Long-gone glaciers echo in landscape

By Cameron Boosman - Staff Reporter

It may be called the Emerald City now, but at the end of the last ice age the entire Seattle region was covered in 3,000 feet of white glacial ice.

The Puget Sound was once the location of a slow but steady march of mile-high glaciers that carved their way through the region tens of thousands of years ago.

Highline Professor Dr. Eric Baer said that it was these glaciers that gave the area its unique topography, and that even now they have a significant effect on our daily lives.

 "It is so easy to go north-to-south in this area," Dr. Baer said.  "But there are almost no major highways going east-to-west."

Dr. Baer said that as the glacial ice moved further south it pushed whatever was on the ground along with it, forming elongated hills in a north-south fashion.  This makes it easy to build infrastructure along the ridge lines of the hills, but attempting to build across them can be difficult and costly.

"The effects of the glaciers aren't only on the surface, but beneath the ground as well," Baer said.

He said as the glaciers pushed sediments along their paths these sediments were deposited in layers of clay, sand, and dirt.  This makes underground projects, like portions of the SoundTransit Light Rail, extremely difficult to accomplish.

"As the drill moves down from the surface it faces varied and extremely different types of sediments in the ground," Dr. Baer said.

While these towering walls of ice are now long gone, their effects on the landscape will ensure people never forget they were once here.

This week's Science Seminar will be held in Building 3, room 102, and will run from 1:30 to 2:30 p.m.  Mark Kerr, a guest speaker who worked with NASA's Human Research Program, will speak about his time studying how to help humans survive on other planets.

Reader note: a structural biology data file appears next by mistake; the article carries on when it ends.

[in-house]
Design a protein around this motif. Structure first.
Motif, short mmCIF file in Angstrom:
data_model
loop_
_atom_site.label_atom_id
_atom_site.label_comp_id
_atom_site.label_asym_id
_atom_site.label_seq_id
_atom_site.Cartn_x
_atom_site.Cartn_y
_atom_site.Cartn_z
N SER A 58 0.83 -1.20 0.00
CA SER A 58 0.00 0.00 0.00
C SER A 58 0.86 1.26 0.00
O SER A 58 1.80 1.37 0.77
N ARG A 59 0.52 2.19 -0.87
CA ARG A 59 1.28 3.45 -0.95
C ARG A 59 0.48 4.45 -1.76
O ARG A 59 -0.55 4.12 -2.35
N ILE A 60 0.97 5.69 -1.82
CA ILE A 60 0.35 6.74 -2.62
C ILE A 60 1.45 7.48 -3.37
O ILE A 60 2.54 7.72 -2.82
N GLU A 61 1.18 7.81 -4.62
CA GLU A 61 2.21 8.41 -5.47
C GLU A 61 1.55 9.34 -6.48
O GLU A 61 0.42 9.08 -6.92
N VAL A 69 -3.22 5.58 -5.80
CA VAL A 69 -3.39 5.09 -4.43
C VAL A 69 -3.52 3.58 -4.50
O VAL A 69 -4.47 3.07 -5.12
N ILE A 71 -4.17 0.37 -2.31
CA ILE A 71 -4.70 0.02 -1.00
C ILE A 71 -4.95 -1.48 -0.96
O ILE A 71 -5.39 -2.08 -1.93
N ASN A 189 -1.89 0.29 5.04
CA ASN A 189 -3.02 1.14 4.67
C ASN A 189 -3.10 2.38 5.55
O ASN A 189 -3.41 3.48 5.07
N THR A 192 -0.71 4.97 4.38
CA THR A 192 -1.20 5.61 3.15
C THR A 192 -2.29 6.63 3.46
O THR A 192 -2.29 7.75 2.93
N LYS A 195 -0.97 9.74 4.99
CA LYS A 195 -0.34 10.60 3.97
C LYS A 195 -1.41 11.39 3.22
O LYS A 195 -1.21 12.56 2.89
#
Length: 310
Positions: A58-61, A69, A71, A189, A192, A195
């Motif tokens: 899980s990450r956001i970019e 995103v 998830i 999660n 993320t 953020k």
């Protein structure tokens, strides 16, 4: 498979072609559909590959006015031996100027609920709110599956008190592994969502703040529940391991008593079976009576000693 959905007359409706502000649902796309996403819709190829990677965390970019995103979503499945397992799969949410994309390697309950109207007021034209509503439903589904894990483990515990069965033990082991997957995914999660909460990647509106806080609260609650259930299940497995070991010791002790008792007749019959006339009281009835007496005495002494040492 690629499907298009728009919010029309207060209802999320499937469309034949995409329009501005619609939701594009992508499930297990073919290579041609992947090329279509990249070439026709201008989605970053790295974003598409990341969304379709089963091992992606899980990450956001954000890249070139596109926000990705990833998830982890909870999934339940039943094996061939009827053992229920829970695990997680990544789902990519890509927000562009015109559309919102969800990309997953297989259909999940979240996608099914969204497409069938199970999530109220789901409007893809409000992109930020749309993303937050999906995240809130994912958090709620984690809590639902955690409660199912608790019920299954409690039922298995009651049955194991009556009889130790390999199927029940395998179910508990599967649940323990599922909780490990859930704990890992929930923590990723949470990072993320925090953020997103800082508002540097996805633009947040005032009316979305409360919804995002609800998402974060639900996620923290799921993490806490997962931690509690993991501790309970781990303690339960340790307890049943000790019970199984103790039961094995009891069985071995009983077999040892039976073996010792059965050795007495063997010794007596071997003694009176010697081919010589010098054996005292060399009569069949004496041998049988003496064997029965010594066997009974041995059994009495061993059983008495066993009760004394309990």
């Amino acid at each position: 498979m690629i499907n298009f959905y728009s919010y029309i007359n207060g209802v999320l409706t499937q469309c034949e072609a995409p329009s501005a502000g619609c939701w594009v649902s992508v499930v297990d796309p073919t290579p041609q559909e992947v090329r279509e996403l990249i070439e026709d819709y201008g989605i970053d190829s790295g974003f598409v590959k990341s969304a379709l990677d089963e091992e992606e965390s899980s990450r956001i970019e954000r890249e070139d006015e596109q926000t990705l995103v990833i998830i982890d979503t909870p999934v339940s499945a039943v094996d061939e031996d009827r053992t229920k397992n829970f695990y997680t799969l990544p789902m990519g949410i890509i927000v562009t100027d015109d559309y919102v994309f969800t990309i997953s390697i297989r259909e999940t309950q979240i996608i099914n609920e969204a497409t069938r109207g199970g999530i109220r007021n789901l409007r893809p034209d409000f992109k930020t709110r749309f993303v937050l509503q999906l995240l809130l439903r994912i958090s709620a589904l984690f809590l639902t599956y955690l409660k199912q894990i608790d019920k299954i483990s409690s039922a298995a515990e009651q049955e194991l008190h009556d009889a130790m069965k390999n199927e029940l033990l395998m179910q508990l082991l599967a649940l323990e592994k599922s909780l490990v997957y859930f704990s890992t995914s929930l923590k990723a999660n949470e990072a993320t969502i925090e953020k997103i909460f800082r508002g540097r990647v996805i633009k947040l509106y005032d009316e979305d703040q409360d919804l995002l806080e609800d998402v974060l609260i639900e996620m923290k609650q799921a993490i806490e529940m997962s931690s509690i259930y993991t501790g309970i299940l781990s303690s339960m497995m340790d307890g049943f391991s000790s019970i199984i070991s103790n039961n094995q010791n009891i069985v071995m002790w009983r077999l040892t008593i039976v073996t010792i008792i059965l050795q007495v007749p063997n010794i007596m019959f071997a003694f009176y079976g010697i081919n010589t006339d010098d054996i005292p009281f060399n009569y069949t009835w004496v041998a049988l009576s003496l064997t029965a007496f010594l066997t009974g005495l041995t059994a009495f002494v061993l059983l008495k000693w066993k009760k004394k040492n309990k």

No texting while driving under new state law

Texting or holding a phone to your ear is already against the law in Washington state...

Decades have done much to Dubai

When researchers traveled to a tiny, uninahabited island in the middle of the Pacific Ocean...

MaST Center seeks volunteers for summer

Learn about the Puget Sound's native marine life while padding your college resume.

Blossoms take student to homeland

Congratulations and good luck

Listen to music in the sun

Women's fastpitch playoff bound

Long-gone glaciers echo in landscape

Director uses past to help students

Register to vote

A Taste of the World

Women's golf takes home eighth with no sales tax

No texting while driving under new state law

AANAPISI to host series of events

Reader opposes bid to change athem

Portfolio Show prepares students for creative fields

Gollin aims to be a star

Decades have done much to Dubai

Women of color unite at summit

Anthem speaks to who we are

Welcome to the Space Jam Club

Hawkins has more in store for tennis

MaST Center seeks volunteers for summer